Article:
A sketch by British comedians The Two Ronnies explores the comic potential of a public library’s colour-based classification scheme. But the idea is not so absurd. Arrangement by colour is, in private libraries at least, an established way of shelving one’s books.
Stars, too, can be arranged by colour. Under the Morgan-Keenan system, the classification most commonly used by stellar astronomers, our sun is a G2V, with translates as “a ‘yellow’ two tenths towards ‘orange’ main-sequence star”. Library classifications are not arbitrary, and neither are stellar ones. As library classmarks provide a shorthand for bibliographical content, Morgan-Keenan colours designate spectral class, which describes the ionization of its photosphere, itself a measure of a star’s temperature.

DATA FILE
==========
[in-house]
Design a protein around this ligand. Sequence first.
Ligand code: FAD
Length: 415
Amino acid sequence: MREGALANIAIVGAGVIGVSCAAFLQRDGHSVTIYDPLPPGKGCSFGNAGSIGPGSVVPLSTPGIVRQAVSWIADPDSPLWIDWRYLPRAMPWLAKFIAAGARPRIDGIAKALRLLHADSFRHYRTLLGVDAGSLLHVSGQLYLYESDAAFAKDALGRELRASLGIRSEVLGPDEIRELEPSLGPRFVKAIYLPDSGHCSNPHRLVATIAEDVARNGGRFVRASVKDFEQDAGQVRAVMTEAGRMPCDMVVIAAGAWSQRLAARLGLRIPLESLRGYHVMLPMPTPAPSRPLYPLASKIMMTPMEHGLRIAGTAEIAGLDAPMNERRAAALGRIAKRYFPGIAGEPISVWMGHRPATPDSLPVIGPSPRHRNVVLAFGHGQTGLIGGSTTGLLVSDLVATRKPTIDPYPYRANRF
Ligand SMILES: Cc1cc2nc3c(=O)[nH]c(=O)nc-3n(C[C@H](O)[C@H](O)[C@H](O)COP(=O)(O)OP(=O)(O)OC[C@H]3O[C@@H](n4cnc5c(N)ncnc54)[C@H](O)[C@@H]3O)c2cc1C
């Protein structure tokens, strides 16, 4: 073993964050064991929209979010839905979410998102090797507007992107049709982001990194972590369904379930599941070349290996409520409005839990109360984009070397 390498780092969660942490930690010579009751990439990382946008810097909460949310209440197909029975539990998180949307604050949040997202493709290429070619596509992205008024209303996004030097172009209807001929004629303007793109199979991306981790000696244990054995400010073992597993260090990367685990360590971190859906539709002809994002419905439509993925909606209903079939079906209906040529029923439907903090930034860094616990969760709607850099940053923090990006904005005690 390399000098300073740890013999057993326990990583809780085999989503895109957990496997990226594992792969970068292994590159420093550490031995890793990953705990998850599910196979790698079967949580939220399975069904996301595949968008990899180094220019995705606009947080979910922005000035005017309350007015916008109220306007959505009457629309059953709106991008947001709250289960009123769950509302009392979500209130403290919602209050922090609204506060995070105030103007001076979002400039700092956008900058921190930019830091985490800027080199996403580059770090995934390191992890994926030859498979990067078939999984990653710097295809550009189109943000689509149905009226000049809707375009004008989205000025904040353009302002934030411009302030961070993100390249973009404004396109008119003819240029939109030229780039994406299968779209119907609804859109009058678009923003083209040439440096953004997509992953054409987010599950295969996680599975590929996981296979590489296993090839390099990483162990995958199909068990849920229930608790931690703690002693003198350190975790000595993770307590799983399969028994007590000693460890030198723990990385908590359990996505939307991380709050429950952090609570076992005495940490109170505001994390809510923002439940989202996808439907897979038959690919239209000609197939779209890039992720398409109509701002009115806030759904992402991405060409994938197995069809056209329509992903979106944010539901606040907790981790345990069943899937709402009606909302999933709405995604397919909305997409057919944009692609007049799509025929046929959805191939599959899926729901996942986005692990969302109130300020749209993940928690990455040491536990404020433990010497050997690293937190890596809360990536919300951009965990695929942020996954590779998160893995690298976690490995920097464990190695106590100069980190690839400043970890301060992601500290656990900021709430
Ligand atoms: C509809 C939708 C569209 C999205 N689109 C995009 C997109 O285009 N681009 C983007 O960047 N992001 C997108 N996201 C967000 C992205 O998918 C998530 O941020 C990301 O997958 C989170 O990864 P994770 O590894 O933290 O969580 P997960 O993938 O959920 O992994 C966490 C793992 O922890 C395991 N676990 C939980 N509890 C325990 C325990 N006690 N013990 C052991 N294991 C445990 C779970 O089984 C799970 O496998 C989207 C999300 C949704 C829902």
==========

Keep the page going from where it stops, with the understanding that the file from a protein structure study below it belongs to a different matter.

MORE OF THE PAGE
Most stars are classified using the letters O, B, A, F, G, K, and M, with O stars the hottest and M the coolest. O stars are called ‘blue’, B stars ‘blue-white’, A stars ‘white’, F stars ‘yellow-white’, G stars ‘yellow’, K stars ‘orange’, and M stars ‘red’. A number indicates tenths of the range between two successive classes, and the Roman numerals I to VII the star’s luminosity, which is indicative of its size.
Library classification tends to evolve over time to reflect socio-political changes. Stellar classification remains fixed, though the objects themselves slide through the scheme, over billions of years, before falling out altogether. Stellar classification has hard boundaries, and at the end of a star’s life, the remnants (neutron stars, black holes, and exotic stars), though still astronomical objects, can no longer be schematically described.